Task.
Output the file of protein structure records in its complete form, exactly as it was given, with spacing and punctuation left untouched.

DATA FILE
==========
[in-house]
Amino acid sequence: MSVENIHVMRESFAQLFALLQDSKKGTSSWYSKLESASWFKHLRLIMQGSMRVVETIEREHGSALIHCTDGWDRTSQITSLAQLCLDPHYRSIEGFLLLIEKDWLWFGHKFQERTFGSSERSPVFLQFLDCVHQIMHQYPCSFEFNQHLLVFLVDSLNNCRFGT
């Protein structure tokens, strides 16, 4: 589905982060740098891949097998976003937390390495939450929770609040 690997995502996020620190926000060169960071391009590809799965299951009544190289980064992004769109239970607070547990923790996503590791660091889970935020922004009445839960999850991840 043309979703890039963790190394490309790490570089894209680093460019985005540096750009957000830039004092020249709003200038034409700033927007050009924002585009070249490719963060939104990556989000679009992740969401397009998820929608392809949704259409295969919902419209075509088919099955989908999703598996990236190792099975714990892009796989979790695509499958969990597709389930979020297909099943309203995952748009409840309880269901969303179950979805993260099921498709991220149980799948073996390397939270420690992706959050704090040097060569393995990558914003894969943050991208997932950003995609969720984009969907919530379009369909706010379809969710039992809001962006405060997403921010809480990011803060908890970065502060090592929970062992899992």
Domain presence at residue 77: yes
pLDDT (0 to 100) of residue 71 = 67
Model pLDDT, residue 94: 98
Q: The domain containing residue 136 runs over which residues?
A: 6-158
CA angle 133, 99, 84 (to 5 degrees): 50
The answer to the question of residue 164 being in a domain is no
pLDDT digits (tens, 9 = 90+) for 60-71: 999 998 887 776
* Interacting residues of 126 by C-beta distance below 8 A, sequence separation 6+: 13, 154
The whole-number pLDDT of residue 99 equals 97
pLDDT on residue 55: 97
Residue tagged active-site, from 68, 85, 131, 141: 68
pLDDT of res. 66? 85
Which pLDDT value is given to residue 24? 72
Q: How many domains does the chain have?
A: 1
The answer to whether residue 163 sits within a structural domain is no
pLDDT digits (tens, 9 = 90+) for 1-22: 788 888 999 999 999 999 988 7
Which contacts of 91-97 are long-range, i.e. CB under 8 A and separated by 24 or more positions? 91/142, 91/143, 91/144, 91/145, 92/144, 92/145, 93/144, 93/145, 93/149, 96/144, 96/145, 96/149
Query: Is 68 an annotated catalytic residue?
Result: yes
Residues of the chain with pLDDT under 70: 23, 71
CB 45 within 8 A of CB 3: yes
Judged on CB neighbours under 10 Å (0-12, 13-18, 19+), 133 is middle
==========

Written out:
[in-house]
Amino acid sequence: MSVENIHVMRESFAQLFALLQDSKKGTSSWYSKLESASWFKHLRLIMQGSMRVVETIEREHGSALIHCTDGWDRTSQITSLAQLCLDPHYRSIEGFLLLIEKDWLWFGHKFQERTFGSSERSPVFLQFLDCVHQIMHQYPCSFEFNQHLLVFLVDSLNNCRFGT
């Protein structure tokens, strides 16, 4: 589905982060740098891949097998976003937390390495939450929770609040 690997995502996020620190926000060169960071391009590809799965299951009544190289980064992004769109239970607070547990923790996503590791660091889970935020922004009445839960999850991840 043309979703890039963790190394490309790490570089894209680093460019985005540096750009957000830039004092020249709003200038034409700033927007050009924002585009070249490719963060939104990556989000679009992740969401397009998820929608392809949704259409295969919902419209075509088919099955989908999703598996990236190792099975714990892009796989979790695509499958969990597709389930979020297909099943309203995952748009409840309880269901969303179950979805993260099921498709991220149980799948073996390397939270420690992706959050704090040097060569393995990558914003894969943050991208997932950003995609969720984009969907919530379009369909706010379809969710039992809001962006405060997403921010809480990011803060908890970065502060090592929970062992899992």
Domain presence at residue 77: yes
pLDDT (0 to 100) of residue 71 = 67
Model pLDDT, residue 94: 98
Q: The domain containing residue 136 runs over which residues?
A: 6-158
CA angle 133, 99, 84 (to 5 degrees): 50
The answer to the question of residue 164 being in a domain is no
pLDDT digits (tens, 9 = 90+) for 60-71: 999 998 887 776
* Interacting residues of 126 by C-beta distance below 8 A, sequence separation 6+: 13, 154
The whole-number pLDDT of residue 99 equals 97
pLDDT on residue 55: 97
Residue tagged active-site, from 68, 85, 131, 141: 68
pLDDT of res. 66? 85
Which pLDDT value is given to residue 24? 72
Q: How many domains does the chain have?
A: 1
The answer to whether residue 163 sits within a structural domain is no
pLDDT digits (tens, 9 = 90+) for 1-22: 788 888 999 999 999 999 988 7
Which contacts of 91-97 are long-range, i.e. CB under 8 A and separated by 24 or more positions? 91/142, 91/143, 91/144, 91/145, 92/144, 92/145, 93/144, 93/145, 93/149, 96/144, 96/145, 96/149
Query: Is 68 an annotated catalytic residue?
Result: yes
Residues of the chain with pLDDT under 70: 23, 71
CB 45 within 8 A of CB 3: yes
Judged on CB neighbours under 10 Å (0-12, 13-18, 19+), 133 is middle